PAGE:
I had a co-worker, a few jobs back in 2010, who came in on his first day and started setting up boxes in his cube. I questioned what he was doing and he informed me that he was creating a standing desk. Curious as to why he would want to stand and work all day, I started to do my own research on the benefits of standing at your work station.
I found plenty of skeptics pointing out that not enough scientific studies had been completed to verify that standing all day was healthy or more healthy then sitting, and others questioning what standing for an extended period of time would do to your knees. I recently received this picture below as a PDF from my employer that really summed up why people should consider standing at their desk, The Health Hazards of Sitting. Standing at your desk does not need to be a 8 hour affair. Personally, I aim for 6 hours a day, but everyone is different and you definetly have to build your muscles and tolerance to standing for extended periods of time.
In short, I decided to stand at my workstation for a few days to see if I could/should/wanted to invest in this idea of a standing desk. I immediately noticed a difference in my attention span, a greater attention to detail , and I felt more awake throughout the day. In 2010, I stood for roughly six months and then moved to a different organization and enjoyed sitting on a ball chair. I recently was motivated to get back into the grove of standing though, once again, a new co-worker coming in and setting up boxes in his cube.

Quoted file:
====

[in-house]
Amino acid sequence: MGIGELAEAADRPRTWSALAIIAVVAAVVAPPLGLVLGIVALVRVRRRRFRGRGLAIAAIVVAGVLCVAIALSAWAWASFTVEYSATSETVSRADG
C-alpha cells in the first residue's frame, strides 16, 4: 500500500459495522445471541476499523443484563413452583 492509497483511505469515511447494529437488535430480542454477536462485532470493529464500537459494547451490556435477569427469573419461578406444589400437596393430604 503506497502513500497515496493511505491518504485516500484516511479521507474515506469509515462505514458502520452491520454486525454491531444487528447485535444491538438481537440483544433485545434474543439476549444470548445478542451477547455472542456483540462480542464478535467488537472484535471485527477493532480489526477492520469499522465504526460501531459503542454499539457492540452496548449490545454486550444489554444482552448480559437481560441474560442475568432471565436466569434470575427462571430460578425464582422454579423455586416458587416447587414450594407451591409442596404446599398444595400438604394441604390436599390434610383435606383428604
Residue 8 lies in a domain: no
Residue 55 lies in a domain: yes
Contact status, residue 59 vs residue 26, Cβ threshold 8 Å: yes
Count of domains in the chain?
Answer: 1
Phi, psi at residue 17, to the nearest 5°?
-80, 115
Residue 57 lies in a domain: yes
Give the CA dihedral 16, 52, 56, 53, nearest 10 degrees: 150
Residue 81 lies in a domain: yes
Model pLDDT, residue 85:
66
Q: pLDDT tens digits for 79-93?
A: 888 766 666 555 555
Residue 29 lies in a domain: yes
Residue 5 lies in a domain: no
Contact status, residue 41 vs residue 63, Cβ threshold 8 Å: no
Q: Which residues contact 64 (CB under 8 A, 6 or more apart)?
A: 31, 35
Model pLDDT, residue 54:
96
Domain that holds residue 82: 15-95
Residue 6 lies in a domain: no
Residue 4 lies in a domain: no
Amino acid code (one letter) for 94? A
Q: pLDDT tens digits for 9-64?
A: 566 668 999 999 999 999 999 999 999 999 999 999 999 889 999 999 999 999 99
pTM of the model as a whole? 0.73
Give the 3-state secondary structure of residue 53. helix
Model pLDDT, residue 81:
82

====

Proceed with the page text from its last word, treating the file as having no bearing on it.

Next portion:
I tried to go the box building route again, but got discouraged when everything wiggled, so I started looking at buying a standing desk set-up. Depending on the sophistication of the set-up prices vary; for my needs I wanted something that would work within my current cubical setting. I found standing desks for $69.99 up to $851.05. But given that I am frugal, I wanted to find the best quality for the lowest price possible. So, I decided to make my own!
What I used:
- Measuring Tape
- Wood Glue
- Nail Gun with 2" nails
- Pine Wood
- Home Depot's Wood Cutting Personnel :)
Since this is not a woodworking blog, I will not bore you with the details of creating the boxes, but I will break out the cost analysis.
I made two boxes, one for my monitor and one for my keyboard/mouse. In total, I needed 11ft of 3/4in board 8 inches wide of wood. I went with pine because it is a cheaper wood, lightweight,and would look good in my gray office space.
11ft of 3/4in board 8 inches wides Pine: $25.58
Wood Glue, smallest bottle available: $3.83
Nail Gun and Nails : FREE- this was a huge cost and time saver for me
Cutting of the Wood : FREE- nice trick to know at Home Depot they will do basic cuts for you at no cost
Total Cost: $ 33.38
Total Cost Savings: $36.61
My cost saving on this project is based on if I were to have bought the cheapest standing desk option I found at $69.99.
Total time for the project: 4 Hours and 25 Minutes
This includes measuring the needed height for the boxes at my work station (10 mins), laying out the design and getting feedback (30 mins), going to Home Depot for supplies (1.5 hrs), setting up and learning to use the nail gun (30 mins), assembling the box (45 mins), and sanding (1 hour).
At the end of the day, I believe this project was well worth the investment of time and money for the benefits of a healthier work environment. If you want to learn more about the specifics on putting together your own standing desk, shoot me an email or toss a comment on the bottom and I am happy to give you some more details.